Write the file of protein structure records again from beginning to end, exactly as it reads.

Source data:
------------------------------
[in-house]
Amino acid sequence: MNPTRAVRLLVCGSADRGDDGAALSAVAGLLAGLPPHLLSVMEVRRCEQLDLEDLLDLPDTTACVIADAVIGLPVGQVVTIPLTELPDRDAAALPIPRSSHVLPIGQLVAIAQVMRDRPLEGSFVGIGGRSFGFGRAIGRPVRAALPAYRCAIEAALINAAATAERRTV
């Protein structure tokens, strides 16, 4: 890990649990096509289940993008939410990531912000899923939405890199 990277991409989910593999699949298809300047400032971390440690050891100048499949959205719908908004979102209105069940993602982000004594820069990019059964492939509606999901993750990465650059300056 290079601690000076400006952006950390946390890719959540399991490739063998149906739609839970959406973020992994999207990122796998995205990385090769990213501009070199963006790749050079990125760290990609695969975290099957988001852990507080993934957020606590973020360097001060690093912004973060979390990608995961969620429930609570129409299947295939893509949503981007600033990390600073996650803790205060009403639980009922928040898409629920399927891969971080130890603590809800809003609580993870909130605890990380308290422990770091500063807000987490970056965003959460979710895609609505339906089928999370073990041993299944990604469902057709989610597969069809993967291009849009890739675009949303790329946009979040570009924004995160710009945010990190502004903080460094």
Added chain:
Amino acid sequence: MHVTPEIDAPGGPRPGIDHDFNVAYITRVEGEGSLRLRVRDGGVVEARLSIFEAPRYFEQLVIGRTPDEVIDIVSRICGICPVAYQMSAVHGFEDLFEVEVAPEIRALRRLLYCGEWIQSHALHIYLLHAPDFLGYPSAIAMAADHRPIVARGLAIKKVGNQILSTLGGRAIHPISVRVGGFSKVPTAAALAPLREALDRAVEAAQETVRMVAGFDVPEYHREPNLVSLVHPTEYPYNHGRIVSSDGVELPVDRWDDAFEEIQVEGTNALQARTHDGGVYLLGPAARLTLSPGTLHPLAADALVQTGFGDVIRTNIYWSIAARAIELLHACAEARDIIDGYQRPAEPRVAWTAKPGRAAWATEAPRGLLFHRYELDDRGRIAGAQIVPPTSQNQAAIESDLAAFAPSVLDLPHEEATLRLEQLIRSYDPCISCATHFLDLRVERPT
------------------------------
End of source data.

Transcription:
[in-house]
Amino acid sequence: MNPTRAVRLLVCGSADRGDDGAALSAVAGLLAGLPPHLLSVMEVRRCEQLDLEDLLDLPDTTACVIADAVIGLPVGQVVTIPLTELPDRDAAALPIPRSSHVLPIGQLVAIAQVMRDRPLEGSFVGIGGRSFGFGRAIGRPVRAALPAYRCAIEAALINAAATAERRTV
């Protein structure tokens, strides 16, 4: 890990649990096509289940993008939410990531912000899923939405890199 990277991409989910593999699949298809300047400032971390440690050891100048499949959205719908908004979102209105069940993602982000004594820069990019059964492939509606999901993750990465650059300056 290079601690000076400006952006950390946390890719959540399991490739063998149906739609839970959406973020992994999207990122796998995205990385090769990213501009070199963006790749050079990125760290990609695969975290099957988001852990507080993934957020606590973020360097001060690093912004973060979390990608995961969620429930609570129409299947295939893509949503981007600033990390600073996650803790205060009403639980009922928040898409629920399927891969971080130890603590809800809003609580993870909130605890990380308290422990770091500063807000987490970056965003959460979710895609609505339906089928999370073990041993299944990604469902057709989610597969069809993967291009849009890739675009949303790329946009979040570009924004995160710009945010990190502004903080460094």
Added chain:
Amino acid sequence: MHVTPEIDAPGGPRPGIDHDFNVAYITRVEGEGSLRLRVRDGGVVEARLSIFEAPRYFEQLVIGRTPDEVIDIVSRICGICPVAYQMSAVHGFEDLFEVEVAPEIRALRRLLYCGEWIQSHALHIYLLHAPDFLGYPSAIAMAADHRPIVARGLAIKKVGNQILSTLGGRAIHPISVRVGGFSKVPTAAALAPLREALDRAVEAAQETVRMVAGFDVPEYHREPNLVSLVHPTEYPYNHGRIVSSDGVELPVDRWDDAFEEIQVEGTNALQARTHDGGVYLLGPAARLTLSPGTLHPLAADALVQTGFGDVIRTNIYWSIAARAIELLHACAEARDIIDGYQRPAEPRVAWTAKPGRAAWATEAPRGLLFHRYELDDRGRIAGAQIVPPTSQNQAAIESDLAAFAPSVLDLPHEEATLRLEQLIRSYDPCISCATHFLDLRVERPT